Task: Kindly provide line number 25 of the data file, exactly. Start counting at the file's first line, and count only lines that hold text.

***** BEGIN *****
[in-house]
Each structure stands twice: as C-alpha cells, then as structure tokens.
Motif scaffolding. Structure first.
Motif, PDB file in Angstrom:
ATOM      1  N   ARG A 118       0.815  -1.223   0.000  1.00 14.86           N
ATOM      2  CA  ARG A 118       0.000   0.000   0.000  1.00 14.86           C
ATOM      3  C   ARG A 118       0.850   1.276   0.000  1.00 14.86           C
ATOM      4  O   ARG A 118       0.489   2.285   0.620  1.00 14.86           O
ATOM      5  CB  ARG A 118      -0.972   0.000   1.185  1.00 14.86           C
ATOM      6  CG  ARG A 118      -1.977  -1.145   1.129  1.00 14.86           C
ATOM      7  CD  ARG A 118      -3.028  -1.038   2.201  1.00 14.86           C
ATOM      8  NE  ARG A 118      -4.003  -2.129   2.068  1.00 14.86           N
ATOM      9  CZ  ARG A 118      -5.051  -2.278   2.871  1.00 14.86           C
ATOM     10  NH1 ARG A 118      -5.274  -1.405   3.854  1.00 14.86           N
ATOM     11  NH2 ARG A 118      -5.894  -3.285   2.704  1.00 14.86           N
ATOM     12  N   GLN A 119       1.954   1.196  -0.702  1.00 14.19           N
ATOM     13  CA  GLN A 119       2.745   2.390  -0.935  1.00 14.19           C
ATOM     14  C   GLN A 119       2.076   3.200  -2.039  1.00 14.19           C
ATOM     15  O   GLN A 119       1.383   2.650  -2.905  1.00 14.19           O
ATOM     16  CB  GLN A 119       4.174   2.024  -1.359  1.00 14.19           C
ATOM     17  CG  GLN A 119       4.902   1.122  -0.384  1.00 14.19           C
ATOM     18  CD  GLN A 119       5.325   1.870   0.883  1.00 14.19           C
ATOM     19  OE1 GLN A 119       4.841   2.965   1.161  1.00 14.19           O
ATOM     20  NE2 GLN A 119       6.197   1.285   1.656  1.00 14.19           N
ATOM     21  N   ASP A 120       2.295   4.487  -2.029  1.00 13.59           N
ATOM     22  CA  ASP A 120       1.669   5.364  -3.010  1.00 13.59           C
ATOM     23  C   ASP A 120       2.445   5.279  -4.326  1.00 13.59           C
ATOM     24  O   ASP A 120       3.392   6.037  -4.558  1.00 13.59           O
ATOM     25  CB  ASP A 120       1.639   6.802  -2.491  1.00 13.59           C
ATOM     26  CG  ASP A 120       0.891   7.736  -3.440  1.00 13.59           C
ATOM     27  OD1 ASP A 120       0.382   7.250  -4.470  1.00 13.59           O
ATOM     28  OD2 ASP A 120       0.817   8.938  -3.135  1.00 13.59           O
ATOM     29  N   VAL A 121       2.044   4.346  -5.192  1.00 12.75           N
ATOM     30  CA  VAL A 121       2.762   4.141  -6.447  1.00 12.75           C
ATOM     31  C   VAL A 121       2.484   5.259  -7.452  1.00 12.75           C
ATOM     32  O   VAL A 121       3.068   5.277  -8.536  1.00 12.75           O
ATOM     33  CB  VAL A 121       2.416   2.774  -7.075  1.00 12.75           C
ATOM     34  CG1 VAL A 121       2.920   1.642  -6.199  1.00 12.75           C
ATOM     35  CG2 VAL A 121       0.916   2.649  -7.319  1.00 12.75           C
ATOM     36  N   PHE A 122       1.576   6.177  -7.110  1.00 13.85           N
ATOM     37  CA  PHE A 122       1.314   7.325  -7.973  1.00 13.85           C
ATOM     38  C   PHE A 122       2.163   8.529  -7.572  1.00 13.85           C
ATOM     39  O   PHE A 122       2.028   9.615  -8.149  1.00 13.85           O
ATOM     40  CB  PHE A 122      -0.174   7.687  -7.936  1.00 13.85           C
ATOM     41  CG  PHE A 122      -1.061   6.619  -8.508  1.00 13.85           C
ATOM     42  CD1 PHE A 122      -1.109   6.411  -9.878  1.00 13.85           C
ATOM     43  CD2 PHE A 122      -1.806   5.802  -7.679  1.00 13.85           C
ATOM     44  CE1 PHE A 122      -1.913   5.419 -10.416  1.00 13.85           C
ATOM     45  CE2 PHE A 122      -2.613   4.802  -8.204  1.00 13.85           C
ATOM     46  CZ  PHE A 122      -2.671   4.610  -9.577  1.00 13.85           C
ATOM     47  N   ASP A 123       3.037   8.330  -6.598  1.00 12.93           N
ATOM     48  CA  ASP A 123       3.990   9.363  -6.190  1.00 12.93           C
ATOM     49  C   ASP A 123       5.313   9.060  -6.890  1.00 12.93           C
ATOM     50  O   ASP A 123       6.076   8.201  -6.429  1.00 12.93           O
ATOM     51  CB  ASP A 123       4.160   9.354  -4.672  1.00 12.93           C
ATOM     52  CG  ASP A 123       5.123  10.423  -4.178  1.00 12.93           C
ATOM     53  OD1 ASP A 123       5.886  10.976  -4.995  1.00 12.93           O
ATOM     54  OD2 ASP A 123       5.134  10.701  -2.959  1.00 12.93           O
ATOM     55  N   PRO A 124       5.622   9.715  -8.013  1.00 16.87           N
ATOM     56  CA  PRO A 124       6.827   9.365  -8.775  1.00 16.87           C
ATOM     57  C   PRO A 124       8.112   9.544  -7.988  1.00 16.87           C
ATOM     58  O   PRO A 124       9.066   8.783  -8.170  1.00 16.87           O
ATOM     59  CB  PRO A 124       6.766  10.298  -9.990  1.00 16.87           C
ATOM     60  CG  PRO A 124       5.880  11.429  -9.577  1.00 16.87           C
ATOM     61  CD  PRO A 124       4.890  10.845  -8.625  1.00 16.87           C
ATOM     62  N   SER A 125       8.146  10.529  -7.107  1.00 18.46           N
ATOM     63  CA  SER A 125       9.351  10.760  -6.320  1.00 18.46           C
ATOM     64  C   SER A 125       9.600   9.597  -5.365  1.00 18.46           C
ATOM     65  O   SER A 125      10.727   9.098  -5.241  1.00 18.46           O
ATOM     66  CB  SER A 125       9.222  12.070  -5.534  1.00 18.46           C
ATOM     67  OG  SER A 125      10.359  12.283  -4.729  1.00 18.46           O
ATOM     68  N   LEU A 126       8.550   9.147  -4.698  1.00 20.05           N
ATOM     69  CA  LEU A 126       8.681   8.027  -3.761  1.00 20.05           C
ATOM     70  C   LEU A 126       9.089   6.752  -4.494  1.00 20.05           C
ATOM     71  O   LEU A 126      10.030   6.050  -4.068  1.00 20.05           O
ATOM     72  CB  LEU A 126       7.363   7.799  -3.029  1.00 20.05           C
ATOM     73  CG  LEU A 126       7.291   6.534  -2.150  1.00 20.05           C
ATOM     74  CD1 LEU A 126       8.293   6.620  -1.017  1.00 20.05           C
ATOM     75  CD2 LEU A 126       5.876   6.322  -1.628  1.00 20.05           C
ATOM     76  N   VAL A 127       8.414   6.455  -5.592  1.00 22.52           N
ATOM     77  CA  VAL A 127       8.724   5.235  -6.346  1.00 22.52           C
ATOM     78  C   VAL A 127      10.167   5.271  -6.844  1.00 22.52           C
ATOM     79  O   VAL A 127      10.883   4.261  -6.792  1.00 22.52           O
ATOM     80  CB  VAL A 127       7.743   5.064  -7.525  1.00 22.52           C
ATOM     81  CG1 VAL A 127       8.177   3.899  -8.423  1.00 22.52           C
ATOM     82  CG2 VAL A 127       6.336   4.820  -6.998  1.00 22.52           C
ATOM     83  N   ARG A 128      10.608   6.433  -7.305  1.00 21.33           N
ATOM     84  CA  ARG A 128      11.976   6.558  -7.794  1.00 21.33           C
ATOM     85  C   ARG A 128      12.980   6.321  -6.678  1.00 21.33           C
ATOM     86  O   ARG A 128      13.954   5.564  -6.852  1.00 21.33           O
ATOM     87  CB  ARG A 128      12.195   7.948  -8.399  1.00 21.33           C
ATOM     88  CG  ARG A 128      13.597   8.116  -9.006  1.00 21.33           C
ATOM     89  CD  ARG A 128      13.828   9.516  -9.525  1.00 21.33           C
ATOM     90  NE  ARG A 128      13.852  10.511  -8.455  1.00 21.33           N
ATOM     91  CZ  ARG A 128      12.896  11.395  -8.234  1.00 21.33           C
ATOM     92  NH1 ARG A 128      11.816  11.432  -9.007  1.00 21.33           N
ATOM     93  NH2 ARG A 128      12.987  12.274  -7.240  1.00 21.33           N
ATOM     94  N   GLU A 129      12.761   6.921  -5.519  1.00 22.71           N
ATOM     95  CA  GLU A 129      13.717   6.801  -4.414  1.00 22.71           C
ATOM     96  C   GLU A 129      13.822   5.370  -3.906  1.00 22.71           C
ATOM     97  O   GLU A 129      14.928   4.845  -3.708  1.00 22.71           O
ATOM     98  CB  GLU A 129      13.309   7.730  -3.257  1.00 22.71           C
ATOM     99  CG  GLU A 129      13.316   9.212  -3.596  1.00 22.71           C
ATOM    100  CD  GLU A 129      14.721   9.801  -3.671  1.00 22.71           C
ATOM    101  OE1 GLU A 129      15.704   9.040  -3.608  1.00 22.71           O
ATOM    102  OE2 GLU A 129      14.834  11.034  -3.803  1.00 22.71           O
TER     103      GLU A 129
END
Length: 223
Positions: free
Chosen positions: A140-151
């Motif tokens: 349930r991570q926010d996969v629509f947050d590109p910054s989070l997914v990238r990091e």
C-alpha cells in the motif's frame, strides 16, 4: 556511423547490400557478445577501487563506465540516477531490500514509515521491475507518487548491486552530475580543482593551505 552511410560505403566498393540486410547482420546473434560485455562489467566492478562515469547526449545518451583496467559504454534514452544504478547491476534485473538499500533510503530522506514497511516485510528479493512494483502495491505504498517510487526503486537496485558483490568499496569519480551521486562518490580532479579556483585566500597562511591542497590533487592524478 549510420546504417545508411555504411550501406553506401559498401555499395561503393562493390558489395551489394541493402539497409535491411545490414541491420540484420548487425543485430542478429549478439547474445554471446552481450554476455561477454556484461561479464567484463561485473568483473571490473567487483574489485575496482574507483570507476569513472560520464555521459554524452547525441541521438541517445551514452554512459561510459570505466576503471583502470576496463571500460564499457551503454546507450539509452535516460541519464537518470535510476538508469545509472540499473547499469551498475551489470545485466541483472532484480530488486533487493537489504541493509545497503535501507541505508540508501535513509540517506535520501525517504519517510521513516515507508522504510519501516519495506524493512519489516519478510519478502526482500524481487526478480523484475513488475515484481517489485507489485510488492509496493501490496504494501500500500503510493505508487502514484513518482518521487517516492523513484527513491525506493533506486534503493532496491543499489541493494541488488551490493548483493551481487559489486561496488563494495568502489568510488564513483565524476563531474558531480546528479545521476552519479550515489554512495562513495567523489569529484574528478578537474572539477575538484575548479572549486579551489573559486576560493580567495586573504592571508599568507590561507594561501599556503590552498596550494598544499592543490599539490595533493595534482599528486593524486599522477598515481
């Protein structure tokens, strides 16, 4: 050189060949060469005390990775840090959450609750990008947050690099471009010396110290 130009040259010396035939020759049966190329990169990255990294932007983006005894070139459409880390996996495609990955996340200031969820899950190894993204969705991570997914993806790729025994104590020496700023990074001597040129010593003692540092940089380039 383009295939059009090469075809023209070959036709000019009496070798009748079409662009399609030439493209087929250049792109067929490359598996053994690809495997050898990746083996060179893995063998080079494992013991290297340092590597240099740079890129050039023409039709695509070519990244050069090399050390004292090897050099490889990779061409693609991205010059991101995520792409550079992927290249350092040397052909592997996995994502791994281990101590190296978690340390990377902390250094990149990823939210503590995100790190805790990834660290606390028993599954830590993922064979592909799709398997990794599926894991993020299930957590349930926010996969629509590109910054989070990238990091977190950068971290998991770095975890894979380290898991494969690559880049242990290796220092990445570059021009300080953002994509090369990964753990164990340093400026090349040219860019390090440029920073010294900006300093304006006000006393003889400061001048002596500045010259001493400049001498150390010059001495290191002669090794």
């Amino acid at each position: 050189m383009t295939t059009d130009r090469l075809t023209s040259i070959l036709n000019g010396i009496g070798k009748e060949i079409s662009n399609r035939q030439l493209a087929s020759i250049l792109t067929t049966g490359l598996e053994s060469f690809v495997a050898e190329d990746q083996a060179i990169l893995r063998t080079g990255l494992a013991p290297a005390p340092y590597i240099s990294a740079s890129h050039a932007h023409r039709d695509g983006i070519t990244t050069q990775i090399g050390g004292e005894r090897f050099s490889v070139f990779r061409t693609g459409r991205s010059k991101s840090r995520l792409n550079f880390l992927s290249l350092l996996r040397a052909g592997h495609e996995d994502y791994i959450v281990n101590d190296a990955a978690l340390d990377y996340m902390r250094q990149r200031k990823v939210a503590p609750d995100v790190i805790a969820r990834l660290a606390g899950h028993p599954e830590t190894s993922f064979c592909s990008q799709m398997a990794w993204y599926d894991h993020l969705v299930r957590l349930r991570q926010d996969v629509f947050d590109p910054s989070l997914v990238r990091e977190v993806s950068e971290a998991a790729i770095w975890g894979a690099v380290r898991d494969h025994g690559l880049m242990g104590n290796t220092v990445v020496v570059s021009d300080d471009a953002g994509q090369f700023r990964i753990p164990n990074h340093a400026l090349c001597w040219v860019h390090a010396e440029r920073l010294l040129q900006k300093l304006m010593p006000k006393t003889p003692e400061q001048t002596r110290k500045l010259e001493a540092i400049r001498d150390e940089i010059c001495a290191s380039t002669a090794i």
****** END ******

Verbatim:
ATOM     21  N   ASP A 120       2.295   4.487  -2.029  1.00 13.59           N